Goldmile Properties Ltd v Lechouritis

JurisdictionEngland & Wales
JudgeSedley LJ
Judgment Date29 January 2003
Neutral Citation[2003] EWCA Civ 49
CourtCourt of Appeal (Civil Division)
Docket NumberCase No: B2/2002/1026
Date29 January 2003

[2003] EWCA Civ 49





Royal Courts of Justice


London, WC2A 2LL


Lord Justice Sedley

Lord Justice Rix

Case No: B2/2002/1026

Speiro Lechouritis
Goldmile Properties Limited

MR NICHOLAS DOWDING QC and EDWARD PETERS (instructed by Messrs Guillaumes) for the Appellant

MR DAVID BERKLEY QC and JONATHAN RULE (instructed by Messrs Gorvins) for the Respondent

Sedley LJ

This is the judgment of the court.

The appeal


This is a second appeal. Lord Justice Carnwath gave permission for it to be brought because it raises a question of general importance: where the performance of a lessor's repairing covenant impinges on the lessee's quiet enjoyment, is it sufficient that the lessor has taken all reasonable steps to avoid disturbing the tenant or is he required to take all possible precautions?


It will be apparent from this formulation of the issue that neither party contends that one covenant simply trumps the other, and for the reasons which follow we consider this to be the correct approach.

The lease


The tenancy in question is a business tenancy held on a lease of just under twenty-two years of the ground floor and basement of a seven-storey building in Warrington at a rent of sixteen thousand pounds per annum. The claimant, who was the lessee, conducted a restaurant business there. The lease, in familiar form (including the traditional eschewal of all punctuation, however convoluted the clause), contained the following provisions:

a) By clause 5.1, an express covenant for quiet enjoyment in the following form:

"That the Tenant paying the rents hereby reserved and observing and performing the several covenants and stipulations on the Tenant's part herein contained shall peaceably hold and enjoy the Demised Premises during the Term without any interruption (except as herein provided) by the Landlord or any person rightfully claiming under or in trust for it"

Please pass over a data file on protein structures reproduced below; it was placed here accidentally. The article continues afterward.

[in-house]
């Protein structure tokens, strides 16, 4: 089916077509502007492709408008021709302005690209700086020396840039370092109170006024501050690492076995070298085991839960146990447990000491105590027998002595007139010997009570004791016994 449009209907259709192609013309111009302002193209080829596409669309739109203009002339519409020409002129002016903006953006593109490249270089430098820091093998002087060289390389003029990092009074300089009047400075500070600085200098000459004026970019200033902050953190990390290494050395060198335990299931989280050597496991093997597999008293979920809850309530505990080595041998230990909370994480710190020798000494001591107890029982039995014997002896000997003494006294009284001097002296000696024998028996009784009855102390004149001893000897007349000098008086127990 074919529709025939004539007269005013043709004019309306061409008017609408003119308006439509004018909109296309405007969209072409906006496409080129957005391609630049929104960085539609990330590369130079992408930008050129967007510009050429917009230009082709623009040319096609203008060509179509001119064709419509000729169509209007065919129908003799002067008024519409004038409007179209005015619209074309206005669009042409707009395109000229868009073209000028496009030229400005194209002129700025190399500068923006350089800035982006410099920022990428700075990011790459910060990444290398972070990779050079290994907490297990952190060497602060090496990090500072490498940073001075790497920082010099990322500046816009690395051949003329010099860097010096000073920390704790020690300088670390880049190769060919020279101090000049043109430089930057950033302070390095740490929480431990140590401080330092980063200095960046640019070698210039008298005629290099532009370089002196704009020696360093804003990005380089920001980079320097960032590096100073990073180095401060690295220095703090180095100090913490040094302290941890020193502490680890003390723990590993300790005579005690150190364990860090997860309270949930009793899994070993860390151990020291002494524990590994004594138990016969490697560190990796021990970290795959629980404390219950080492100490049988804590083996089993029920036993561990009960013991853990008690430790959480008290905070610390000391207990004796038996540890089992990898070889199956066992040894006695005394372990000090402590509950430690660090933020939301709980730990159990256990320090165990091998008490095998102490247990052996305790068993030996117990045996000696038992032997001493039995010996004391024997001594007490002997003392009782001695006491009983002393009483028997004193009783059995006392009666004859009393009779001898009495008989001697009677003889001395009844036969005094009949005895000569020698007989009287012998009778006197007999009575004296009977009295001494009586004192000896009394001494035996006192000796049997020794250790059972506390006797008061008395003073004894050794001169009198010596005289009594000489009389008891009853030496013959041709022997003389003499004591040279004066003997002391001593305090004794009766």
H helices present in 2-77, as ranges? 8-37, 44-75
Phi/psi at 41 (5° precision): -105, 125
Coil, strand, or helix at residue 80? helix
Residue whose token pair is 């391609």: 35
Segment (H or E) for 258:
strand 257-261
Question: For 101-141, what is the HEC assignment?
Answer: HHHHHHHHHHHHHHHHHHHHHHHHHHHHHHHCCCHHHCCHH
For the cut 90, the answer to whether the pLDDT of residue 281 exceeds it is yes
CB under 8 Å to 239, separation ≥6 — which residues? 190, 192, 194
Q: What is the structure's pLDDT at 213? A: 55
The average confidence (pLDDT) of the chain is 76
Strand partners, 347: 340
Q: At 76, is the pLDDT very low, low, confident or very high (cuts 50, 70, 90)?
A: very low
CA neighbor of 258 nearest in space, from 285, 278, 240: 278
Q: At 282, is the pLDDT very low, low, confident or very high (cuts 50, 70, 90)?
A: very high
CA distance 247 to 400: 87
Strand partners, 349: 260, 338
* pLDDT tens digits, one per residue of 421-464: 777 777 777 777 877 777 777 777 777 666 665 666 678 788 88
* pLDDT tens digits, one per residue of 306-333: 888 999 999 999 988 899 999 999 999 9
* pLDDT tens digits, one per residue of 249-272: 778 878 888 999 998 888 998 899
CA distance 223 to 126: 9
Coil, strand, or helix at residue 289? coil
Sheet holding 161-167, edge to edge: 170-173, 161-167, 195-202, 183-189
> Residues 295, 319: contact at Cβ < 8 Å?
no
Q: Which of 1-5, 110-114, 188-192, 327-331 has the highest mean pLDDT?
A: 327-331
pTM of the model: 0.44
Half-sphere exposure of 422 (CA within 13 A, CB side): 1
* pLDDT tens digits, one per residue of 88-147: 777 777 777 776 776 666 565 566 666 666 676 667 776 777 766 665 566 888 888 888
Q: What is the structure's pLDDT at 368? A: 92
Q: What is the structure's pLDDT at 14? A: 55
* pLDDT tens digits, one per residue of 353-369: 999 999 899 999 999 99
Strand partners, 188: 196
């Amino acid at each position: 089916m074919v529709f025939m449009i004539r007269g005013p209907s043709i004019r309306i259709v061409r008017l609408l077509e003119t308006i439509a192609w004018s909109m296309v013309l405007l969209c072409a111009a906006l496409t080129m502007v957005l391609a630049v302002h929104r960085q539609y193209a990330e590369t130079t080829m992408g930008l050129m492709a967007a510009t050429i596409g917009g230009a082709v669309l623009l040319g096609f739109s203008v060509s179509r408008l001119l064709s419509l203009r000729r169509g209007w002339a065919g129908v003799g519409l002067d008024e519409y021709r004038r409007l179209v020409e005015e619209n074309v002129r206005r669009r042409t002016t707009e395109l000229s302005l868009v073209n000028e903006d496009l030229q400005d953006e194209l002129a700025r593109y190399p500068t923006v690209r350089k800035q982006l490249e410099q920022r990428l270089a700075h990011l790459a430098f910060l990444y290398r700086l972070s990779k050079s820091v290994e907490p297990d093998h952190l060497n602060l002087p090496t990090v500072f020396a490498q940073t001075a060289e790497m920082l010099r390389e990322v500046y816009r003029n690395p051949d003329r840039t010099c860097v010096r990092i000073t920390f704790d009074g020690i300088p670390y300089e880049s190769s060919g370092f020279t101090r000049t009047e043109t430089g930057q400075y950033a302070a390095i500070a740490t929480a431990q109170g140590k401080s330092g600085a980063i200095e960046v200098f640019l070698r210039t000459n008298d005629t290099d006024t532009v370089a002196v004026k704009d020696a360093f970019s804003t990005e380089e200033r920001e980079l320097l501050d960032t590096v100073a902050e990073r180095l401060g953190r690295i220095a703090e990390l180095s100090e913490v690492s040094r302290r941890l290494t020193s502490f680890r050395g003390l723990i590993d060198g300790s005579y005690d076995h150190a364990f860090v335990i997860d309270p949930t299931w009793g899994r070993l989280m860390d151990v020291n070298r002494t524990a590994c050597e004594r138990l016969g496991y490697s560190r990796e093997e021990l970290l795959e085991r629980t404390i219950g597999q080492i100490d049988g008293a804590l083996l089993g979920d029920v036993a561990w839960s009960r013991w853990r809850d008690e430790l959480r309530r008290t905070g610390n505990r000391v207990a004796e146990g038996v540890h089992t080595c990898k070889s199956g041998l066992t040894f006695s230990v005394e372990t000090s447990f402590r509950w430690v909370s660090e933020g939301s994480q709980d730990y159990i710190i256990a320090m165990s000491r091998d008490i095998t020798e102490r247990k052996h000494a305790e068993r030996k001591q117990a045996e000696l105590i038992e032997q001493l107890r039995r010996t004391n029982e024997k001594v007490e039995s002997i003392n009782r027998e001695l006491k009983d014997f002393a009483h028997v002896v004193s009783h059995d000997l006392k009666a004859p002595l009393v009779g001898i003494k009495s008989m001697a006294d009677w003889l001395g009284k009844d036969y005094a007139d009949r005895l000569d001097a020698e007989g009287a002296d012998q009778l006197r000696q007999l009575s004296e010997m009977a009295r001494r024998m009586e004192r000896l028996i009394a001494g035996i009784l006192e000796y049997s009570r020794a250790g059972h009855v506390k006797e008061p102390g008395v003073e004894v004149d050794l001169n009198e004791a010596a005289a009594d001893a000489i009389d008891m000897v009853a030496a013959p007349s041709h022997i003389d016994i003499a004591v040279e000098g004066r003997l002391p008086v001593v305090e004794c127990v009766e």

b) By clause 5.3, the following covenant to provide services:

"That [sic] subject to the Tenant paying the Service Charge to use its reasonable endeavours to provide the services specified in Part IIA of the Fifth Schedule hereto".

c) The material services as specified in paragraph 1 of part IIA of the schedule:

"Repairing cleansing maintaining renewing replacing amending decorating and putting keeping in substantial repair and condition the roof external and any party walls and other load bearing members of the structure of the Building and such other parts of the Building and the Common Parts as are not the responsibility of the tenants of the Building".

d) In paragraph 2.3, provisions for payment by way of additional rent of a service charge, defined in part I of the fifth schedule to include the costs of structural repairs, apportioned among the tenants of the building.

e) In clause 6.1, a provision for relief from payment of rent where loss of user is caused by an insured event.

The works


In March 1997 the lessor brought in contractors to clean the external walls and windows of the building and to repair the seals between the frames and the walls. The work, which was completed within the six-month contract period, required scaffolding and sheeting to be fixed to the outside of the building. One consequence was that the tenant's restaurant business was quite seriously disrupted: from outside, the restaurant appeared to be closed; inside, it became dingy and frequently contaminated with building dust. These facts, which must be typical of many such situations, are not in dispute.

The claim


In this situation the lessee claimed damages in the Stockport County Court for loss of profit and disruption to his business. In a short and lucid judgment, District Judge Russell found for the defendant lessor. He concluded:

"I accept that the work was carried out to meet, as far as possible, the claimant's requirements within the time scale of the contract period and I believe that the defendant has been as helpful as it can with regard to the reduction and the payment of the service charge. I accept that the defendant is entitled to repair only in such a way that the covenant for quiet enjoyment is not breached and in broad terms, given the extent and nature of the works undertaken by the landlord, I suppose it is inevitable that any tenant will suffer a measure of inconvenience during the duration of the works. There will have been noise; there will have been dust, and there will have been some diminution in the light to the premises as a consequence of the sheeting.